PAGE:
Women's economic empowerment

Theme Id: 
4
IDS AG Id: 
OT/11009/3/4

Balancing paid work and unpaid care work

Eldis Subject Id: 
C2059

Re-telling the story of women’s back-breaking lives in India, Nepal, Rwanda and Tanzania.

Drawing on evidence from our 126 short case studies, we produced four videos re-telling the stories of real women’s experiences trying to balance the demands of the family and the home with the need to earn an income. In these films, their stories have been adapted into a script, anonymised and narrated by an actor. The photos are from the region where the women are from, but not of the women or their families, themselves.

Poorly paid, backbreaking jobs on top of caring for families leave women drained not empowered

The new global synthesis report 'No Time to Rest' is now launched. It finds that national and local level women’s economic empowerment initiatives in developing countries are failing to capture the full physical, emotional and economic costs to women of balancing paid work with unpaid care duties.  It warns that unless the backbreaking drudgery of water carrying, fuel collection, cooking and caring is urgently addressed future global progress on women’s rights and gender equality could stall.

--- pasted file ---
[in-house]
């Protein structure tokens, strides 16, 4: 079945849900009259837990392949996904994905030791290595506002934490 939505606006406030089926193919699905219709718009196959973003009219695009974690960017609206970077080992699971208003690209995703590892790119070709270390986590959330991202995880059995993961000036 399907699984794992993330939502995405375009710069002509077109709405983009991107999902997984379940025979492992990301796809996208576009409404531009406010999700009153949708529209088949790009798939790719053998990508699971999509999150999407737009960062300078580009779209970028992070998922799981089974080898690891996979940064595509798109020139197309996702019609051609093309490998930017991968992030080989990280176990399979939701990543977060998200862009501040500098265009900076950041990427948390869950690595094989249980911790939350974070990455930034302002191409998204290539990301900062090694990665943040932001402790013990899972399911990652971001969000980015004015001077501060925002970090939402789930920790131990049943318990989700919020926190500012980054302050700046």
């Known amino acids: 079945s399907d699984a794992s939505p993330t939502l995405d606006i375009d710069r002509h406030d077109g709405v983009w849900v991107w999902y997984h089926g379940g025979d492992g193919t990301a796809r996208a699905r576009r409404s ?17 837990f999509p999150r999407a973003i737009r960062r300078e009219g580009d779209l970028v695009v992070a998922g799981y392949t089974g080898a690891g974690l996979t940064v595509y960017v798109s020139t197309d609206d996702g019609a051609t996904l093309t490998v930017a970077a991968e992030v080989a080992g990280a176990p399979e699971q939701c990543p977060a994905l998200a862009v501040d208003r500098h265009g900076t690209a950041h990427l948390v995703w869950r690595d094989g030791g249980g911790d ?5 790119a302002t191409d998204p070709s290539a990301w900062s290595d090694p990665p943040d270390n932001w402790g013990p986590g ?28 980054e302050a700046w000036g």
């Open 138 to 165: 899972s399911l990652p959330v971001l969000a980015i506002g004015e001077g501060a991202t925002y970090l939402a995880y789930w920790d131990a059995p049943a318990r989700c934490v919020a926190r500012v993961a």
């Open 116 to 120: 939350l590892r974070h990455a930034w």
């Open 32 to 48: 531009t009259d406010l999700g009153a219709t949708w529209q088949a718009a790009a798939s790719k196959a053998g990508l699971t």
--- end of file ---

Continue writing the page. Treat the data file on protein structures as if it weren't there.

'You Cannot Live Without Money': Balancing Women’s Unpaid Care Work and Paid Work in Rwanda

This paper summarises the findings of mixed-methods research that was carried out in Rwanda as part of the ‘Balancing Unpaid Care Work and Paid Work: Successes, Challenges and Lessons for Women’s Economic Empowerment Programmes and Policies’ research project (2015–17). It reflects the voices and experiences of women and their household members participating in women’s economic empowerment (WEE) programmes across four sites in the rural districts of Musanze and Huye.

A Trapeze Act: Balancing Unpaid Care Work and Paid Work by Women in Nepal

This working paper seeks to examine the relationship between unpaid care work and paid work that women in low-income households in Nepal perform, and whether, and if so how, they are able to maintain a balance between the two. It also examines the causes and consequences of the double burden on the physical and emotional wellbeing of women and their children.

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